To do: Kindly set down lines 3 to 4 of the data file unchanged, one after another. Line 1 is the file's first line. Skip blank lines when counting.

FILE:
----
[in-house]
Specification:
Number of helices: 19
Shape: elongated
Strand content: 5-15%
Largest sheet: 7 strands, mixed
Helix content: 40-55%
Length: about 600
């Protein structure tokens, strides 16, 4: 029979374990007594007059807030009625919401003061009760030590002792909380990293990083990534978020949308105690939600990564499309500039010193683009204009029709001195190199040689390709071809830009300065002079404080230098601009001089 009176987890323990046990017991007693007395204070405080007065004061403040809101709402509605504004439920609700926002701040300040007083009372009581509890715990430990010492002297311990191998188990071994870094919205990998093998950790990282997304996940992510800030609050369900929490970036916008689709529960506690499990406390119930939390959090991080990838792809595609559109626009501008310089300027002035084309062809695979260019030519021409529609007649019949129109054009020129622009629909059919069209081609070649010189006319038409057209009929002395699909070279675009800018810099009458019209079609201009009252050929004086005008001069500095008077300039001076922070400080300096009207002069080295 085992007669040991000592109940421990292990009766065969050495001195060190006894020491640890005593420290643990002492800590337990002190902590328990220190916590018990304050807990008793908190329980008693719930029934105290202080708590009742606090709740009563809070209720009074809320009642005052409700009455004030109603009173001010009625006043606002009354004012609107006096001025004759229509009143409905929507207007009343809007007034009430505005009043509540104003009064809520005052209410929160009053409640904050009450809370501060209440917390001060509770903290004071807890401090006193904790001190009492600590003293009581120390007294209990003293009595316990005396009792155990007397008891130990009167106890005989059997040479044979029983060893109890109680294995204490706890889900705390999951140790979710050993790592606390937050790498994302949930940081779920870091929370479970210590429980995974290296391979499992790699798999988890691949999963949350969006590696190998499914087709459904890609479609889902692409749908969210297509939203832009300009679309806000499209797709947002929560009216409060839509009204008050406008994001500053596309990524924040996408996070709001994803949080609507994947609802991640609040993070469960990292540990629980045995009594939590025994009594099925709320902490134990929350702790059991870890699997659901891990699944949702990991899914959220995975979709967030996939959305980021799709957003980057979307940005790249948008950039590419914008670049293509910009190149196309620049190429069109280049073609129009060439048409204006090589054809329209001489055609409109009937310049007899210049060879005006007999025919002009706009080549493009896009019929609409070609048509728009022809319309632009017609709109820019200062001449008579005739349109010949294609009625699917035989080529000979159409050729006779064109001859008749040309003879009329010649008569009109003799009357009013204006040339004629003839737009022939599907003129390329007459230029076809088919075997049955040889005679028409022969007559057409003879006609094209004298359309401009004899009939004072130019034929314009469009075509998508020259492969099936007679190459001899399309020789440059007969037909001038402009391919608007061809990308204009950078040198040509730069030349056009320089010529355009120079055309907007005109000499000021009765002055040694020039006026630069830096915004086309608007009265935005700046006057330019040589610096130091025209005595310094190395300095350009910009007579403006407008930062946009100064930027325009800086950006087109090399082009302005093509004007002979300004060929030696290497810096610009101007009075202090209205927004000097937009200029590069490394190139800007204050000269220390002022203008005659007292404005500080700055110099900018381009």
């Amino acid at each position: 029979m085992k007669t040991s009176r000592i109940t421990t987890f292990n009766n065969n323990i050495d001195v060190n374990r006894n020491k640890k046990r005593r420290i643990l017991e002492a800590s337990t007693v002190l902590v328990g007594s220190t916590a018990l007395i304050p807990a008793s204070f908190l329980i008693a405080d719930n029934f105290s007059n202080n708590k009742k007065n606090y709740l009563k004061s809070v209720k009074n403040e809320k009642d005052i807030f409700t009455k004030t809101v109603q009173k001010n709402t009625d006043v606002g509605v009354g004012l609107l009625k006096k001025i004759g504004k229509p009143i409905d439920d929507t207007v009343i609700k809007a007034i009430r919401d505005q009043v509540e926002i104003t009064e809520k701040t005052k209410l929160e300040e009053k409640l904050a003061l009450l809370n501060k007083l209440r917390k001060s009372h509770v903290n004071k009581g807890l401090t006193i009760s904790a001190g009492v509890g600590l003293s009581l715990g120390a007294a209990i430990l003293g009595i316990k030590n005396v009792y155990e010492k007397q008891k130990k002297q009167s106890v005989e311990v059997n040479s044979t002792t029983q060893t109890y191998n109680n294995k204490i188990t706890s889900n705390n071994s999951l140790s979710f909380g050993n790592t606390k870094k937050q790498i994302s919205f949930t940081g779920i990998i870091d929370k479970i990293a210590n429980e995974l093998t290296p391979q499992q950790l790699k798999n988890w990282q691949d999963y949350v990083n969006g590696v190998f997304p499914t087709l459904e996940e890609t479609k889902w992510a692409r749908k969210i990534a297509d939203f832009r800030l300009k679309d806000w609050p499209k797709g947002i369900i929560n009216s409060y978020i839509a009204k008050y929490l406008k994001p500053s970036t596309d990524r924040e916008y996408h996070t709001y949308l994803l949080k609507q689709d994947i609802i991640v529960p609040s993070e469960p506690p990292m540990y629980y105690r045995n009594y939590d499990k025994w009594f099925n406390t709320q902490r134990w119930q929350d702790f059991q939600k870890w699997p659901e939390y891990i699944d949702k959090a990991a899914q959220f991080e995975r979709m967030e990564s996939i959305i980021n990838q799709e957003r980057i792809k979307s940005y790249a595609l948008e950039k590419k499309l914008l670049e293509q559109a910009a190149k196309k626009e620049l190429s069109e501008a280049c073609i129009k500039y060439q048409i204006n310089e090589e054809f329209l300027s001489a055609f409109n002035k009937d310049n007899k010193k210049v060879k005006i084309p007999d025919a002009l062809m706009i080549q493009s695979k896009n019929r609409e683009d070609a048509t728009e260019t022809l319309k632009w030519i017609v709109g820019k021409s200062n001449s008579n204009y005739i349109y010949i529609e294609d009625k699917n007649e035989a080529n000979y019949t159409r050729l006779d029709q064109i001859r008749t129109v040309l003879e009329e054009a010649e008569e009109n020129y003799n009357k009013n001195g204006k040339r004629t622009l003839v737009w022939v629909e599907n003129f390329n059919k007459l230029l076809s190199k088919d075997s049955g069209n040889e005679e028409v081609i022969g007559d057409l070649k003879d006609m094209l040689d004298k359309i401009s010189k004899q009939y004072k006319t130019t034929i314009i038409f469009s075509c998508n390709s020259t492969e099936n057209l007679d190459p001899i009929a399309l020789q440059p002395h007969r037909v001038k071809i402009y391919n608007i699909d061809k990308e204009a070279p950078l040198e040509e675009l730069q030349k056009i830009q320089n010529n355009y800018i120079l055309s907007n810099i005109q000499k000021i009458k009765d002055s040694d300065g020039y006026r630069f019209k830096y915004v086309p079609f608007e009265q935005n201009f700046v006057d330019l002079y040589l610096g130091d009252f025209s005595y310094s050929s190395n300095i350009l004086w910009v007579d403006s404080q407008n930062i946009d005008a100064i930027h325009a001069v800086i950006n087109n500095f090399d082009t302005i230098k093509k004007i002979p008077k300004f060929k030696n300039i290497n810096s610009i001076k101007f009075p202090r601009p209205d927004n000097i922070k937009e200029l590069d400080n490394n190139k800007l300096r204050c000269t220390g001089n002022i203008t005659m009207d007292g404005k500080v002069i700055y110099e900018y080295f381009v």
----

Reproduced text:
Number of helices: 19
Shape: elongated